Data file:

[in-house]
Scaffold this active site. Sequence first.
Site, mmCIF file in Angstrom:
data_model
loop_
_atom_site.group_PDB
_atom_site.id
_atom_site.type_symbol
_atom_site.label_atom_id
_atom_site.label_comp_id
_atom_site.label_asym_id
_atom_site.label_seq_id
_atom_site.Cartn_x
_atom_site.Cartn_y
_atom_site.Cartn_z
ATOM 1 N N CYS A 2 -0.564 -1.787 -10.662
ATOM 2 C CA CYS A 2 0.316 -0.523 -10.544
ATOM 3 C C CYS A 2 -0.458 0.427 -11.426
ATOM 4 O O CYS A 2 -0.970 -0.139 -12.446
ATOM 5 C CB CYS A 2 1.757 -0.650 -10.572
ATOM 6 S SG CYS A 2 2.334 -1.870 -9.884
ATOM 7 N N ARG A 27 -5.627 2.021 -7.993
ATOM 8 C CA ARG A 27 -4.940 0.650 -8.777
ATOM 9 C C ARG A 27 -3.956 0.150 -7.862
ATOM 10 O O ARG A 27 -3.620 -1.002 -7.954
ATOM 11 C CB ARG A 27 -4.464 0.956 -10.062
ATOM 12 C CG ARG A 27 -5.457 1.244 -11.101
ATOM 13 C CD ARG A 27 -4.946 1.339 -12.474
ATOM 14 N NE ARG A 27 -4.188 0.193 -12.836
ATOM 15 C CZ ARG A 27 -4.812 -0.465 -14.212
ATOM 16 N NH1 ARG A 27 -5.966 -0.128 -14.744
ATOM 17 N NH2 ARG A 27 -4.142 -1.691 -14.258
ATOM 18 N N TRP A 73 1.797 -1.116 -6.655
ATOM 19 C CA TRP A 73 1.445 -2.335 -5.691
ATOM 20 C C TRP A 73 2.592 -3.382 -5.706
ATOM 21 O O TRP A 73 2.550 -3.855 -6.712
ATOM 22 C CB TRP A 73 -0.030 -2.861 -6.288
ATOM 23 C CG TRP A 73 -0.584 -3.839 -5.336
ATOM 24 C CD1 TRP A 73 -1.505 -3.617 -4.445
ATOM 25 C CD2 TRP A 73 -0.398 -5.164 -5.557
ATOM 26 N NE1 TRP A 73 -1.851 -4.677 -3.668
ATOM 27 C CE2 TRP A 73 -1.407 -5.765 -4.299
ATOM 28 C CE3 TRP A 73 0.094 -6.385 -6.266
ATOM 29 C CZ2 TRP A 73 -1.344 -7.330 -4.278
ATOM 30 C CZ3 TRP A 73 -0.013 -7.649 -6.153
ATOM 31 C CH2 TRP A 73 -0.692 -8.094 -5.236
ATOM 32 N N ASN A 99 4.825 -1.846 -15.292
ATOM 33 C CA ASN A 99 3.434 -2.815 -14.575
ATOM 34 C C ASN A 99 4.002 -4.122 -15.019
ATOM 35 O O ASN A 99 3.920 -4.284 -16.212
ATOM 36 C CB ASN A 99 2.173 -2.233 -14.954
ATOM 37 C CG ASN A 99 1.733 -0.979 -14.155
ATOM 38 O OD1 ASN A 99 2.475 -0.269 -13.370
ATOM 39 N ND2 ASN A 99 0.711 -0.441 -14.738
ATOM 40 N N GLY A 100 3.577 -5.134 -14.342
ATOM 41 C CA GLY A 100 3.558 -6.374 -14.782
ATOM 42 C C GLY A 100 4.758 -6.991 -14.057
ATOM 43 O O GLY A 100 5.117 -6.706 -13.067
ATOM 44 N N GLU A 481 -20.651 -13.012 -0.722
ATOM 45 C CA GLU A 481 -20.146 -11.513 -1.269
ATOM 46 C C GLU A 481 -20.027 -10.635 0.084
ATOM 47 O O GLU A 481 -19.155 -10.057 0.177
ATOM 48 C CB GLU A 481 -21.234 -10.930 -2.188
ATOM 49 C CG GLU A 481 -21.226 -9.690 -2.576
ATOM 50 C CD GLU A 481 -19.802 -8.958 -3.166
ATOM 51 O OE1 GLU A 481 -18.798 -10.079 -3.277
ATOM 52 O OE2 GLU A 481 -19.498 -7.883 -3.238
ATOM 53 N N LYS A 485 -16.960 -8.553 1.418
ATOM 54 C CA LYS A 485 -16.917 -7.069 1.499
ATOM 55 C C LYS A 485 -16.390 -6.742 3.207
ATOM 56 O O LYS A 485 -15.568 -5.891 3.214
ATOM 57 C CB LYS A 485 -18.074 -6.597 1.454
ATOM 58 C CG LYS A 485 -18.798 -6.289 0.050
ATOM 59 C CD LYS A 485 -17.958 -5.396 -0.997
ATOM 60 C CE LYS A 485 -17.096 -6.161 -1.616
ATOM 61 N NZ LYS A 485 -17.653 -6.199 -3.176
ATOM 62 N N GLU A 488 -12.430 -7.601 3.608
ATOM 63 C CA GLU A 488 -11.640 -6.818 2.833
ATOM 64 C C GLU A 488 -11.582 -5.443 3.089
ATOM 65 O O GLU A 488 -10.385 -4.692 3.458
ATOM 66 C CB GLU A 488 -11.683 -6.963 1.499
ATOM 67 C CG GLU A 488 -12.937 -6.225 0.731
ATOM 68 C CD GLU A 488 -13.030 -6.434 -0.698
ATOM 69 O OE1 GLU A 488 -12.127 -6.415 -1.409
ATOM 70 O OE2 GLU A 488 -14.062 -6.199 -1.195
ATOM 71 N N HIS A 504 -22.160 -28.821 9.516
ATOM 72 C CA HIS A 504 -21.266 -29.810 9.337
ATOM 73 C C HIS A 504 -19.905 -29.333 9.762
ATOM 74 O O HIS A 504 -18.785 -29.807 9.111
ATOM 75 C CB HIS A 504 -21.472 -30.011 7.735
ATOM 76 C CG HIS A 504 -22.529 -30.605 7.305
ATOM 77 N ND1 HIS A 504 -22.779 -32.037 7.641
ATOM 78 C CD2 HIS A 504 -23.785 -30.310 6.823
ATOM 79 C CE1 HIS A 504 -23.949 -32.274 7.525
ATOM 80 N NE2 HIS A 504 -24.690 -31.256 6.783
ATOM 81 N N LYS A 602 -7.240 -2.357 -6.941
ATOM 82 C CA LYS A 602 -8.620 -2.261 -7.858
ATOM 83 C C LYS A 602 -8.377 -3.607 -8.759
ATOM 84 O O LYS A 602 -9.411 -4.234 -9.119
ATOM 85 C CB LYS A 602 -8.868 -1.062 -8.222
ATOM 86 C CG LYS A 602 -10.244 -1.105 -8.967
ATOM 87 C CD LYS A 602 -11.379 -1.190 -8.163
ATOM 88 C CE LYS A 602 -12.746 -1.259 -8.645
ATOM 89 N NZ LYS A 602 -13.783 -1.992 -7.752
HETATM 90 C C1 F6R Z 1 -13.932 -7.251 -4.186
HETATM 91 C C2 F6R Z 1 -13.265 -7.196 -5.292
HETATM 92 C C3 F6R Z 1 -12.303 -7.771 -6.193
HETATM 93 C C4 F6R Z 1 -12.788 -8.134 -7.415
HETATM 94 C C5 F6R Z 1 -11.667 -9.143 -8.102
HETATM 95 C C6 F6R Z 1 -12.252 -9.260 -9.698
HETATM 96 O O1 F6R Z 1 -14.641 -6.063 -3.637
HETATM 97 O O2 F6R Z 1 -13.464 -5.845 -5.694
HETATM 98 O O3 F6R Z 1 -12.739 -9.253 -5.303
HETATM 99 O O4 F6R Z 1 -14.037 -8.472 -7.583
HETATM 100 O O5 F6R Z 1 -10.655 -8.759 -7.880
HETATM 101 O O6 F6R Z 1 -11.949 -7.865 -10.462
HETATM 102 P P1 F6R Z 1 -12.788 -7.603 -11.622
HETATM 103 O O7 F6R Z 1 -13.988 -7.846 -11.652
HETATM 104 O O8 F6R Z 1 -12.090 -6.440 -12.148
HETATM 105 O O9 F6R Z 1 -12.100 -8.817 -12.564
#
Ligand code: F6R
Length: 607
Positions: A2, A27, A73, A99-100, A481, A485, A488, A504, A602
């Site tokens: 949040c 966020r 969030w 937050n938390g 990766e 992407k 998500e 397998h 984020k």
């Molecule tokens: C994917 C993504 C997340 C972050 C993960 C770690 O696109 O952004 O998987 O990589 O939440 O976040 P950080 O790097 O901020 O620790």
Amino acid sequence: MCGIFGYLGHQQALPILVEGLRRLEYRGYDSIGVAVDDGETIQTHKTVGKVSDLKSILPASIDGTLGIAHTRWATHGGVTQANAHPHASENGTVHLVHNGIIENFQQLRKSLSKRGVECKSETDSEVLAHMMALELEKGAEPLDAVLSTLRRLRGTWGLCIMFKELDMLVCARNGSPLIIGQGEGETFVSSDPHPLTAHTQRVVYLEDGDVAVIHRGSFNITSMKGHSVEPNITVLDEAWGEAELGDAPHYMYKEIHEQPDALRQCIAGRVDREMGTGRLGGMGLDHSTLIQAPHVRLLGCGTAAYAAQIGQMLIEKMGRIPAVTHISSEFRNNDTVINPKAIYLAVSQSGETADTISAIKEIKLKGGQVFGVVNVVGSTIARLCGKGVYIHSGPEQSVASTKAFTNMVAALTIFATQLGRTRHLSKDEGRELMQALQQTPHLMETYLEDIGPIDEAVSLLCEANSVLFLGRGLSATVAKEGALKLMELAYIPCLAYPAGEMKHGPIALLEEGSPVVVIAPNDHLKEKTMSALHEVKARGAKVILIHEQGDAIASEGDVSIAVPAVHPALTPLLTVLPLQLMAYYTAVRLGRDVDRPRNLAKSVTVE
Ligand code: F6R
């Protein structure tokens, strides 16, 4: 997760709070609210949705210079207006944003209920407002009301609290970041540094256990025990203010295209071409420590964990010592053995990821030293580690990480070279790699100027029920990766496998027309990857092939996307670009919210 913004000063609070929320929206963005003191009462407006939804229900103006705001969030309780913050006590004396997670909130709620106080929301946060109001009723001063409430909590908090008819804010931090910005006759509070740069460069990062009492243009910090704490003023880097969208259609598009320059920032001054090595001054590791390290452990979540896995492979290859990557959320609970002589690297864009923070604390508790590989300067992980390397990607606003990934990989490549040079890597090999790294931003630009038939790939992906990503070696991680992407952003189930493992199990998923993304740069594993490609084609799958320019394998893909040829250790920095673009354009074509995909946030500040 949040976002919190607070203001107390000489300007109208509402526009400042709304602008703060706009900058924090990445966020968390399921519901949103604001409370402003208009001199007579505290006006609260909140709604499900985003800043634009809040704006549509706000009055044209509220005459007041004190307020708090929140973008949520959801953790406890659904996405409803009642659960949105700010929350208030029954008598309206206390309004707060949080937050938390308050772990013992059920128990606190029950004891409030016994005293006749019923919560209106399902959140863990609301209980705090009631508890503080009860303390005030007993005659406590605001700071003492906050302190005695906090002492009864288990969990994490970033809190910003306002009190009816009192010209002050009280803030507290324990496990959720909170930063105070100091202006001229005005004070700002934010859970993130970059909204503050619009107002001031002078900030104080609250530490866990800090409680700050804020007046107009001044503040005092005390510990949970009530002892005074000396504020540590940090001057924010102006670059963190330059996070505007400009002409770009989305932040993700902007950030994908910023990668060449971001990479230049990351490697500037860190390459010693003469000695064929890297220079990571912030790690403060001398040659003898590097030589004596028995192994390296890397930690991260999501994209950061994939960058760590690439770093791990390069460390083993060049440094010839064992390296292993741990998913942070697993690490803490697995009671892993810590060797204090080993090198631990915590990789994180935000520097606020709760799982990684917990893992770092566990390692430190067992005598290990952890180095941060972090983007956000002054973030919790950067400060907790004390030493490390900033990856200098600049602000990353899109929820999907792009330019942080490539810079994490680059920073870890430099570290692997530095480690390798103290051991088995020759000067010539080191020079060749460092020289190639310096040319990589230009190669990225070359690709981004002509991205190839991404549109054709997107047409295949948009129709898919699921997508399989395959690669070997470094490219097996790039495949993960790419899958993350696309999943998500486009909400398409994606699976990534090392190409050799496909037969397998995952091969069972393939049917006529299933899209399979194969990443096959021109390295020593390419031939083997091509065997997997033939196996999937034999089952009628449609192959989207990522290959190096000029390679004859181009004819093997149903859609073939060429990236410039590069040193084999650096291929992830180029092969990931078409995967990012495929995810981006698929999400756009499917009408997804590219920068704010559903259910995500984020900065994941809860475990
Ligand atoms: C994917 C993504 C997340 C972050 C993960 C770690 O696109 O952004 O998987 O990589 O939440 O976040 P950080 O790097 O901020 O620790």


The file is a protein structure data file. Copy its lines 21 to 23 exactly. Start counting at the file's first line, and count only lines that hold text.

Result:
ATOM 6 S SG CYS A 2 2.334 -1.870 -9.884
ATOM 7 N N ARG A 27 -5.627 2.021 -7.993
ATOM 8 C CA ARG A 27 -4.940 0.650 -8.777